Children’s TV: broken?

CBBC commissioning rounds have typically had a few hundred submissions. The recent one had – and I’d advise you to be sitting down – 2,500. I actually feel quite sorry for the BBC about this, because wading through that lot is going to be a somewhat onerous task. Heck, finding somewhere to put them all will be tricky.

But let’s think about it for a moment. Coming up with an idea, writing a pitch, talking it through with somebody senior, redrafting it, preparing something even slightly glossy, and submitting it – that all costs money. By my reckoning, £400 is conservative. That’s a cool million spent on pitches.

Currently, there seems to be a round of call-backs/pitch meetings going on, which involve (in my case) another day’s work, being flown to London, and put up in an hotel… and there are three of us going. So far as I can gather there are circa 100 such meetings (again, conservative), at let’s say an average cost of another £400. So that’s another £40k.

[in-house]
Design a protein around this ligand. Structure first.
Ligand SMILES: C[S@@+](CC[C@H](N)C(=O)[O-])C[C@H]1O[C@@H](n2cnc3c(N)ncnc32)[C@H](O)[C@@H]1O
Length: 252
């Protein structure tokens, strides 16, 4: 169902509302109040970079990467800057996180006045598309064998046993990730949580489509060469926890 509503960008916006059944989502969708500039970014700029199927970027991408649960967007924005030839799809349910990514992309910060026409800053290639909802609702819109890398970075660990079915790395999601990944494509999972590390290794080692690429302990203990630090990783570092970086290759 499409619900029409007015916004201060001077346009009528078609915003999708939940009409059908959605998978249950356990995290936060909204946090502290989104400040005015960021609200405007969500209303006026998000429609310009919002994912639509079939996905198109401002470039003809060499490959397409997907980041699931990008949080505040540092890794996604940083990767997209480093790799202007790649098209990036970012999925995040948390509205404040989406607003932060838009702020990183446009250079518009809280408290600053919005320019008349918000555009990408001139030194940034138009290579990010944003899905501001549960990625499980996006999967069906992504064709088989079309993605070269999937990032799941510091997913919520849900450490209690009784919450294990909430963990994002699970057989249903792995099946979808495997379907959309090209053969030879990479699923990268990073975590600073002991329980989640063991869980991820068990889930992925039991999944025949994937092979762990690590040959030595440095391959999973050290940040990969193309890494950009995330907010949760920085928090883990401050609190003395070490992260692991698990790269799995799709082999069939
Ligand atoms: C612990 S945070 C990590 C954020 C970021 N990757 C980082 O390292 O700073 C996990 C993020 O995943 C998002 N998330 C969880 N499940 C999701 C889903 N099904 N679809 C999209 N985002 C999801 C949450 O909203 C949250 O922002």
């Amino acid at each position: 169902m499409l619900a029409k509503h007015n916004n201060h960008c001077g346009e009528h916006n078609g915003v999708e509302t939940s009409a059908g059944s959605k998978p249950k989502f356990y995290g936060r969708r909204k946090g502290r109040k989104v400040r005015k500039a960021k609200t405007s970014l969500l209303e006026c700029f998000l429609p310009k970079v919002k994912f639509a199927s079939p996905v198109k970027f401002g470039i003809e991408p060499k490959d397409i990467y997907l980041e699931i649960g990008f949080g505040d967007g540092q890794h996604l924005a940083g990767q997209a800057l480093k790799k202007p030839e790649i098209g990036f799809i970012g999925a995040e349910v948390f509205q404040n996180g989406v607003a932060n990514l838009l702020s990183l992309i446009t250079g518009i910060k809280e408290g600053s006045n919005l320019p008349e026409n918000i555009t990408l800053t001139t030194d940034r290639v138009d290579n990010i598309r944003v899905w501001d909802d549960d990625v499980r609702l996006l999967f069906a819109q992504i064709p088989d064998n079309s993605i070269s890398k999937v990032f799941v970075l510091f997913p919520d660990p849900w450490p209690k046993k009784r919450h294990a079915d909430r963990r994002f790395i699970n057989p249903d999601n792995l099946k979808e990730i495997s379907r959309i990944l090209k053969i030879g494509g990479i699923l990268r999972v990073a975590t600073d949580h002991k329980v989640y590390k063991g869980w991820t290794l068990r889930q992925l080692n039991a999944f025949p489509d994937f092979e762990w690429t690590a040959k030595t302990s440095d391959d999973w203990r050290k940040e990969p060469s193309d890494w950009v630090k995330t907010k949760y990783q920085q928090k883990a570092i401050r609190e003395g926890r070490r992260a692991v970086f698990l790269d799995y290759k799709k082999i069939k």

There are, one gathers, about 7 commissions up for grabs. Suppose each of those commissions is worth £750,000. The ‘production fee’ for a CBBC show (in a facile sense, the profit margin) is – I believe – 15%.

(15% of £750k) × 7 commissions = £787500.

By this reckoning, whatever the outcome of this commissioning round, the children’s TV industry is going to make a net loss.

Of course, I’ve not taken co-production money into consideration, nor future international sales. This is hardly a thorough analysis. But you see my point, no?

(while I’m at it: at the Edinburgh TV Festival the BBC admitted that they’re also looking at the future of children’s programming on BBC1. Interesting.)

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